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Three-pronged approach: How Building Control is supporting construction’s sustainable transformation


With greenhouse gas emissions at all-time highs, global temperatures consistently breaking new records and a growing risk that our natural ecosystems will be subjected to irreversible damage, it is no wonder that the United Nations describes climate change as “the defining crisis of our time”.

And for an issue of such magnitude, it is also no wonder that the impetus to pivot quickly to a more sustainable future is being felt in all aspects of our lives, driving more sustainable directions and decisions in our homes, our workplaces and in the built environment that surrounds us all.

The construction sector undoubtedly has a major responsibility to affect this change. Every building not only sets down a pretty sizeable carbon footprint during its construction phase, but is also responsible for generating a significant cumulative environmental impact over the course of its lifetime.

According to the International Energy Agency (IEA), buildings are responsible for 10% of global energy and process-related CO2 emissions through the manufacturing of their construction materials, a further 9% through their use of fossil fuels, and another 18% through their consumption of electricity and generation of heat.[1]

As with other complex supply chains, there is no simple, quick fix to this challenge, and it is up to all stakeholders involved to play their part. This requires companies to monitor and manage aspects under their own control, such as the environmental impact of internal operations, as well as upholding collectively agreed industry standards and targets on sustainability issues.

In December 2021, the Government confirmed the introduction of new Building Regulations for June 2022, which are designed to reduce greenhouse gas emissions for residential properties by 31% when compared with current standards, and 27% in the case of commercial properties. This step is a precursor to the introduction in 2025 of measures set out in the Future Homes Standard, which require new-build homes to be “future-proofed with low-carbon heating and world-leading levels of energy efficiency”.[2]

At Harwood, we welcome these changes and acknowledge their importance in escalating current environmental priorities within the Building Control function, such as assessment of SAP calculations. Insulation, already a key factor, will only become more important, as will lighting efficiency and the use of solar panelling. New focus will also be placed on the use of heat pumps and heat-recovery ventilation as homes transition away from gas-fired boilers.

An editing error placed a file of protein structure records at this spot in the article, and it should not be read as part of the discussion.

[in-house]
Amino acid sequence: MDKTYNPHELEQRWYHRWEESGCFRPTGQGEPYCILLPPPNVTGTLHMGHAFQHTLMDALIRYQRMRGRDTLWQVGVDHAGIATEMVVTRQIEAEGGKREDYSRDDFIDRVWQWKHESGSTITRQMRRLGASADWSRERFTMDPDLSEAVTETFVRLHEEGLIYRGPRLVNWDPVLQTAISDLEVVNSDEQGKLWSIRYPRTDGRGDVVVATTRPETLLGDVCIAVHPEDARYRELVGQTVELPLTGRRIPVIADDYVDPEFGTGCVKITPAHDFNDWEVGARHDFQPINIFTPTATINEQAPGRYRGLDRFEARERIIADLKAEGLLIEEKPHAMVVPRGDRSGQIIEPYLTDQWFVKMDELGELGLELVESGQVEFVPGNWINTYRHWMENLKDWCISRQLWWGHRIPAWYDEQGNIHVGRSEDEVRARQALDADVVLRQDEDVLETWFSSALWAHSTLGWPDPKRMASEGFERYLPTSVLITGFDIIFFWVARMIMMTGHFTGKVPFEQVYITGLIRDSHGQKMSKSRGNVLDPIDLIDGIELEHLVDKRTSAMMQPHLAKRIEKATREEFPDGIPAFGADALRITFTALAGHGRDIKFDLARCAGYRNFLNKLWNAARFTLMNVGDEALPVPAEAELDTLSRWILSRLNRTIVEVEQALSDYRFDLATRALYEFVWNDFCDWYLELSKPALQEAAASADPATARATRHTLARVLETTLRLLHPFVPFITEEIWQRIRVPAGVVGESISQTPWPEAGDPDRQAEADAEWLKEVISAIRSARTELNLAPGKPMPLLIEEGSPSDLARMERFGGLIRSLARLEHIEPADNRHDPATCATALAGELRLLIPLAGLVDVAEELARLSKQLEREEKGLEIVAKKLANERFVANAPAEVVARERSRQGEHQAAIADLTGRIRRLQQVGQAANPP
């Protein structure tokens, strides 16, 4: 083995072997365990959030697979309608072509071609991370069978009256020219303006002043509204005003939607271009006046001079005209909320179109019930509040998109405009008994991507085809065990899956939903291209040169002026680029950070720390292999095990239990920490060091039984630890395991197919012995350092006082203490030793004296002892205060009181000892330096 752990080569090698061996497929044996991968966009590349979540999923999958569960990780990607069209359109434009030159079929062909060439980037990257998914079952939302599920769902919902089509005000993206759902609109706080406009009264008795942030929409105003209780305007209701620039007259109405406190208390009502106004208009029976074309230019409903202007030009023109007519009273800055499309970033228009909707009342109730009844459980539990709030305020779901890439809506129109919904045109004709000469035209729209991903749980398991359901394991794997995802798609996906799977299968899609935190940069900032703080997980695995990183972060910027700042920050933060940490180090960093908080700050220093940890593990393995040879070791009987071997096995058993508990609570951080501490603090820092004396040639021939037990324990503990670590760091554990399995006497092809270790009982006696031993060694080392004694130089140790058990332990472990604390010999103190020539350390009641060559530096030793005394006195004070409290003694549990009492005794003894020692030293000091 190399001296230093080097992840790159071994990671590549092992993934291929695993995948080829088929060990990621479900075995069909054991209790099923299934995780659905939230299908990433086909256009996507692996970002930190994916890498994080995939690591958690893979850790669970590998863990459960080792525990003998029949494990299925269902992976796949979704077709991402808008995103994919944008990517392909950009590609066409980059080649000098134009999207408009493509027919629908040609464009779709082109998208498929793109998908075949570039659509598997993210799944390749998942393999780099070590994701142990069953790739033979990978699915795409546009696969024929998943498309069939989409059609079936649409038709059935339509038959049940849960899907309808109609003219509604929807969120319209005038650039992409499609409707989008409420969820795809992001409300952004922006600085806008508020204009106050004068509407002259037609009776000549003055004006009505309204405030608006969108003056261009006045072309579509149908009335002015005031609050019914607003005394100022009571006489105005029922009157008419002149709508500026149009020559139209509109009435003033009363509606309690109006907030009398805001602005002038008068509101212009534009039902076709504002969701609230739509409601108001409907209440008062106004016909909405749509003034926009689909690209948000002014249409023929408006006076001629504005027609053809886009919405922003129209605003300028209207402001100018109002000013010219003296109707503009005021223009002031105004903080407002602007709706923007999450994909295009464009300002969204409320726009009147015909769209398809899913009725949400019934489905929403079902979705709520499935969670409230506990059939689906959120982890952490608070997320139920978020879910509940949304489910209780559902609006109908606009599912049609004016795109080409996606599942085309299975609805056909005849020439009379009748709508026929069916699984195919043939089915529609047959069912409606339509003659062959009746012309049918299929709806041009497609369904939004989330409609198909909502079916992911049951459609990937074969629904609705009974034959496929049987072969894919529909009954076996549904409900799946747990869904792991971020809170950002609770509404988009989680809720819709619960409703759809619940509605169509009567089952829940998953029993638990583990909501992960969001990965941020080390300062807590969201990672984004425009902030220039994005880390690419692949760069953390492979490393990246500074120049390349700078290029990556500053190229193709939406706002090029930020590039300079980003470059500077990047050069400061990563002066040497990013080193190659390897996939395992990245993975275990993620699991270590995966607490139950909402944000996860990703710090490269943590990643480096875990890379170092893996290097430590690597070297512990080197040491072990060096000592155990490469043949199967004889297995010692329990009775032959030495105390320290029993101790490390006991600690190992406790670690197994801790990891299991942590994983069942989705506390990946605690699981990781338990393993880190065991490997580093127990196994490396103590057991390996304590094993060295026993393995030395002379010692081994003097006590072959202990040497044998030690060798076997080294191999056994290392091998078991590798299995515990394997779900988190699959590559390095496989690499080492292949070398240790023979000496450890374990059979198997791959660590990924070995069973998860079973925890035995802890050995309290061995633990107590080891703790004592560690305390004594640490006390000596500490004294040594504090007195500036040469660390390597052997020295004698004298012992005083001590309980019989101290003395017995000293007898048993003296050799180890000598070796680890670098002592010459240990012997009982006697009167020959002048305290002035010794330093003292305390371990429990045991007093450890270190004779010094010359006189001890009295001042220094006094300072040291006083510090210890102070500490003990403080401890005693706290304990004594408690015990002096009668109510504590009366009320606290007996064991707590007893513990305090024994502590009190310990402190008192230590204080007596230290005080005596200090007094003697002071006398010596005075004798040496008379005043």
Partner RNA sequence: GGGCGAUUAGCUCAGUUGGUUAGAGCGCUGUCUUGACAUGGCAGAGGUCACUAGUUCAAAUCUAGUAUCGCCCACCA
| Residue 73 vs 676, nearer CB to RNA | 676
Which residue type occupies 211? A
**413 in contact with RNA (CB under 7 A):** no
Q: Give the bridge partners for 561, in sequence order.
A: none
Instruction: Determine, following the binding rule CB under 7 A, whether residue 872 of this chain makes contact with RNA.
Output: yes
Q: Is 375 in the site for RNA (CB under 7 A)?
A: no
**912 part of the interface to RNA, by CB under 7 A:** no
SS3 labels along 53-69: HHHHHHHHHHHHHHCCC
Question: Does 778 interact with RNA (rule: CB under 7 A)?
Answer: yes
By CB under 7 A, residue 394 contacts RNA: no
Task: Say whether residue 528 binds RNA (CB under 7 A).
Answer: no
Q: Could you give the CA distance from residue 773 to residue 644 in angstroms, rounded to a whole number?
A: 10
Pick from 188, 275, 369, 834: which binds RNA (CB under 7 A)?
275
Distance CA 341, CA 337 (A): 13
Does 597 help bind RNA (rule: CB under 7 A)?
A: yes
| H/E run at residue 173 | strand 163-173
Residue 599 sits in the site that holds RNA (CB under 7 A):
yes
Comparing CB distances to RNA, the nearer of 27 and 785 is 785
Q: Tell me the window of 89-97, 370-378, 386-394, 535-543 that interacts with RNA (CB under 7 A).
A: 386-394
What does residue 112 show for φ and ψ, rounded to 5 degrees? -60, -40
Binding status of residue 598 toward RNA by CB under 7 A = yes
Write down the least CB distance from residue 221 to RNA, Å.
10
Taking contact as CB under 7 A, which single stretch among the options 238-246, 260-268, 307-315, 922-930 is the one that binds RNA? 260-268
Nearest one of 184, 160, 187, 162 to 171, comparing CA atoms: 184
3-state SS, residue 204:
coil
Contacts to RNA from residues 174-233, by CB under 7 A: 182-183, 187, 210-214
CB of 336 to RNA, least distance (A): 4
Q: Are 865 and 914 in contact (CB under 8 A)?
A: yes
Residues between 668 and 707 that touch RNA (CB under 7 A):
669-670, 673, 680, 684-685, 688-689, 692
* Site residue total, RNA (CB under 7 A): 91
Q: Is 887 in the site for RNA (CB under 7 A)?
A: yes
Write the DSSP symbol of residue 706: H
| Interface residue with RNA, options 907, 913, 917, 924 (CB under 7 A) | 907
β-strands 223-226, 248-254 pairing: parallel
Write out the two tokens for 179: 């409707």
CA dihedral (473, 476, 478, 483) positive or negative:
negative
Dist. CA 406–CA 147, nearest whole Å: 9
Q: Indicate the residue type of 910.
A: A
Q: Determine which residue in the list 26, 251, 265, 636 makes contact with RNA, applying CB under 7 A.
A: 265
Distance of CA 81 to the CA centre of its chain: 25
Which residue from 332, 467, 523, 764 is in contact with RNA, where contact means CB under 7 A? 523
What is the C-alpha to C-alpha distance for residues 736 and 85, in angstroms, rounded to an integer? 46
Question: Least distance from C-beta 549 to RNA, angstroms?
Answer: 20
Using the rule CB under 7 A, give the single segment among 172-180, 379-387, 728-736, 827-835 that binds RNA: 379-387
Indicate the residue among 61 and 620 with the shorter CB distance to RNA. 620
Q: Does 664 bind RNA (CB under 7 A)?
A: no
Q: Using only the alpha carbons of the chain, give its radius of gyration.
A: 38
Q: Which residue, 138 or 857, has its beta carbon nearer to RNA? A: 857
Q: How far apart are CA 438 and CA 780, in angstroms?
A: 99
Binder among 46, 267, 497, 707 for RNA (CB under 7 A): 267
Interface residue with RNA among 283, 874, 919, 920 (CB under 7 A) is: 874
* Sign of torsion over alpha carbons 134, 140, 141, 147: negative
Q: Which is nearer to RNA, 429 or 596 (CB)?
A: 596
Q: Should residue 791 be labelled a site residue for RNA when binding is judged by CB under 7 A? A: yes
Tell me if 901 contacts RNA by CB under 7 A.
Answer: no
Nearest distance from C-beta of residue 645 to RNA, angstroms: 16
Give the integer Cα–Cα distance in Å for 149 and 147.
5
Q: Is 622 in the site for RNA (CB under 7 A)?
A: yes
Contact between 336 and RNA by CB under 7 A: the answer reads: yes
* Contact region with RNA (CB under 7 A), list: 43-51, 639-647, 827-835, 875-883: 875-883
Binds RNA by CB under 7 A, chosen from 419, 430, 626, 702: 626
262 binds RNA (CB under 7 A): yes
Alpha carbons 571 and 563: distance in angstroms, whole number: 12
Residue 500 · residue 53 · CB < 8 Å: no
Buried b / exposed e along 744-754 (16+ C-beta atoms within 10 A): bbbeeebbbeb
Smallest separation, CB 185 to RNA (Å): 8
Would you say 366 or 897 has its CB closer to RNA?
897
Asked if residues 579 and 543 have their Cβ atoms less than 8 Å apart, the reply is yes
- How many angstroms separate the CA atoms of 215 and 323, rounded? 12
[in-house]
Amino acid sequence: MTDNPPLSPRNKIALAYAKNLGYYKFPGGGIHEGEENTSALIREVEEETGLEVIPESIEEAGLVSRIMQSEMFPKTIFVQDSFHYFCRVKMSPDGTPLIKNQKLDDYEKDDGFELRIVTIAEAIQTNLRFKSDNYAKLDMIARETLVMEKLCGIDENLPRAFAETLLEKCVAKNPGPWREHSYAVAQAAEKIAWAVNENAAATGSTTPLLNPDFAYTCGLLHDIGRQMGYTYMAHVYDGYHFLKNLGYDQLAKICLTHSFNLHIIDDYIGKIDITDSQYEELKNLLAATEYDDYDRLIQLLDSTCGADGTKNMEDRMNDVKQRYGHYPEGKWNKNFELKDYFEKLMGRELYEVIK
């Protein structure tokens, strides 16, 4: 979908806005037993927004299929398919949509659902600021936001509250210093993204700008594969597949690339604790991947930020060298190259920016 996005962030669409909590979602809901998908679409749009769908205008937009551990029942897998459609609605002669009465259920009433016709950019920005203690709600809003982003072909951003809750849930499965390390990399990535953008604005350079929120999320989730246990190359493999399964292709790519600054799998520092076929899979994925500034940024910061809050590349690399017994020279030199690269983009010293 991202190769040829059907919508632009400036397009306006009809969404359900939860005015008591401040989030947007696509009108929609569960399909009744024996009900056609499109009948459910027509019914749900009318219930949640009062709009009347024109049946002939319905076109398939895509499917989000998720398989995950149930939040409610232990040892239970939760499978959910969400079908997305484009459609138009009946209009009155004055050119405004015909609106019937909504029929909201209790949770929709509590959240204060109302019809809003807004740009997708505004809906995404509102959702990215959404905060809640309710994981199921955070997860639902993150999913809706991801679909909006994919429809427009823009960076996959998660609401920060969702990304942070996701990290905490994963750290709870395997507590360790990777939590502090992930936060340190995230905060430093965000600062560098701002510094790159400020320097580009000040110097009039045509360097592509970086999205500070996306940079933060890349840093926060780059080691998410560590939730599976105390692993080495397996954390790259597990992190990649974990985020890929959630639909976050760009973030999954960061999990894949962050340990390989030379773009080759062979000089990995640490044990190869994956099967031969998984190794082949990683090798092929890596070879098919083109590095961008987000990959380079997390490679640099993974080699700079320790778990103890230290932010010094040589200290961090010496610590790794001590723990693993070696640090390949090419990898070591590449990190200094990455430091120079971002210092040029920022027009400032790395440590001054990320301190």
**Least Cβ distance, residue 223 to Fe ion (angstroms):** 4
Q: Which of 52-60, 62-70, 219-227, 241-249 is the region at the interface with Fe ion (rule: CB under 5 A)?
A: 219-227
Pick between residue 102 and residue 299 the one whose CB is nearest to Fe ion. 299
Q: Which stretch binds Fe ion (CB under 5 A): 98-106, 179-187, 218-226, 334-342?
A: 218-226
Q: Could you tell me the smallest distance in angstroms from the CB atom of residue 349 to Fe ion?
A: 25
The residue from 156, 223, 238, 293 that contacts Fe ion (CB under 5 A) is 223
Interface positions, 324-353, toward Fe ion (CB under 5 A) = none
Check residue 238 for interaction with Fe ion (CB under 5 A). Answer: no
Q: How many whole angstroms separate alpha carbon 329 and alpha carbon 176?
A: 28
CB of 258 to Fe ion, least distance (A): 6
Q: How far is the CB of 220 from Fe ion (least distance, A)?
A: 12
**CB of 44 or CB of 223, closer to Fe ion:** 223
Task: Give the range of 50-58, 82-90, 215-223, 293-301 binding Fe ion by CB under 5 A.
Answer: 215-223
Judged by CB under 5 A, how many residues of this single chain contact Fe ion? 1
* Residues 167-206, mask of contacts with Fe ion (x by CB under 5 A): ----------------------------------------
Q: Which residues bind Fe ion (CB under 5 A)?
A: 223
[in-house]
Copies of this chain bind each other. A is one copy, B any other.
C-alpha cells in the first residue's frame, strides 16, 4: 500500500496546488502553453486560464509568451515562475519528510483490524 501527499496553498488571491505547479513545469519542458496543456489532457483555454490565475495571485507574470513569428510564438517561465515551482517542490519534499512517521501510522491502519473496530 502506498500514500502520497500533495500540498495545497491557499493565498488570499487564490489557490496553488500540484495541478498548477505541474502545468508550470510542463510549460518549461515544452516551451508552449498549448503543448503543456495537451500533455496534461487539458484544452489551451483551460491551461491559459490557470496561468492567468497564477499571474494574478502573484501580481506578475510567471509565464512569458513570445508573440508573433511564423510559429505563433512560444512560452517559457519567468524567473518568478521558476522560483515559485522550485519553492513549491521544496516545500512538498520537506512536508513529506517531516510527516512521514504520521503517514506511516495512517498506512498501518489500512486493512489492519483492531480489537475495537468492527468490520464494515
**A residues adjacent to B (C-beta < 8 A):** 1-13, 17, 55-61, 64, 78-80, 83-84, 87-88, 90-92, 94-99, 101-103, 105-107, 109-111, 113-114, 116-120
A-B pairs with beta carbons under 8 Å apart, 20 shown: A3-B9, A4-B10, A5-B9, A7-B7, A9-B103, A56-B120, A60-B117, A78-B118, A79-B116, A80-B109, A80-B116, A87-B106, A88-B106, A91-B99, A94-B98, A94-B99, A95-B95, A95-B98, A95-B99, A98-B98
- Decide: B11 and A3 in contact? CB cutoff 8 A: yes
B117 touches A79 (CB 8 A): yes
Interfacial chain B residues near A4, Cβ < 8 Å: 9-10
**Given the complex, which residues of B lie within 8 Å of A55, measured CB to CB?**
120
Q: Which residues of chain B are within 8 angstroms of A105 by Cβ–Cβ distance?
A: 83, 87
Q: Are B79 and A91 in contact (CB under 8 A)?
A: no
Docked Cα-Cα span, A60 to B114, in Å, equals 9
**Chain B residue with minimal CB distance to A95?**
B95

As part of this transition to a more sustainable world, we believe Building Control can support the sector in three key ways:

The Building Regulation changes announced by the government in December 2021 step up the environmental demands on construction projects. It incorporates an ‘uplift’ to Approved Document L, which covers conservation of fuel and power; amendments to Approved Document F, which covers ventilation and indoor air quality; and the introduction of Approved Document O, which relates to overheating. Enforcement of these changes during the design and build phases will be critical to ensure real-world developments conform to these more stringent parameters and deliver the intended energy and carbon savings.

Enforcement is a key pillar of the Building Control function, but in a period of change, where architects and contractors will be adjusting to the new regulations, our role is also to support and guide.

At Harwood, we pride ourselves on being proactive in our relationships with project stakeholders, and we are clear on the importance of Building Control in educating the sector regarding the adoption of new rules and advising on how best to achieve compliance.

Looking at the changes being introduced this year and in three years’ time, it is clear that the construction sector needs a gear change if it is to rise to the sustainability challenge in front of us. Mindset is an important factor, and our position as Building Control puts us in an ideal place not only to communicate the necessary measures for compliance but also to champion the cause and encourage the adoption of measures that will make further environmental benefits possible beyond the minimum standards.

On June 15, after the six-month period to allow the industry to prepare for when the new Building Regulations come into force, the construction sector faces an important moment of change. In concert with our colleagues across the sector, the three approaches above provide a framework for Building Control to support construction’s progress towards a future where responsibly sourced materials and methods are used to create highly efficient, resilient buildings that perform for users and protect the planet.

To find out more about how Harwood works with architects to support their building control requirements, or to see some of our recently completed projects, visit our projects page or contact us on 01227 931 777 or enquiries@harwood.uk.com.

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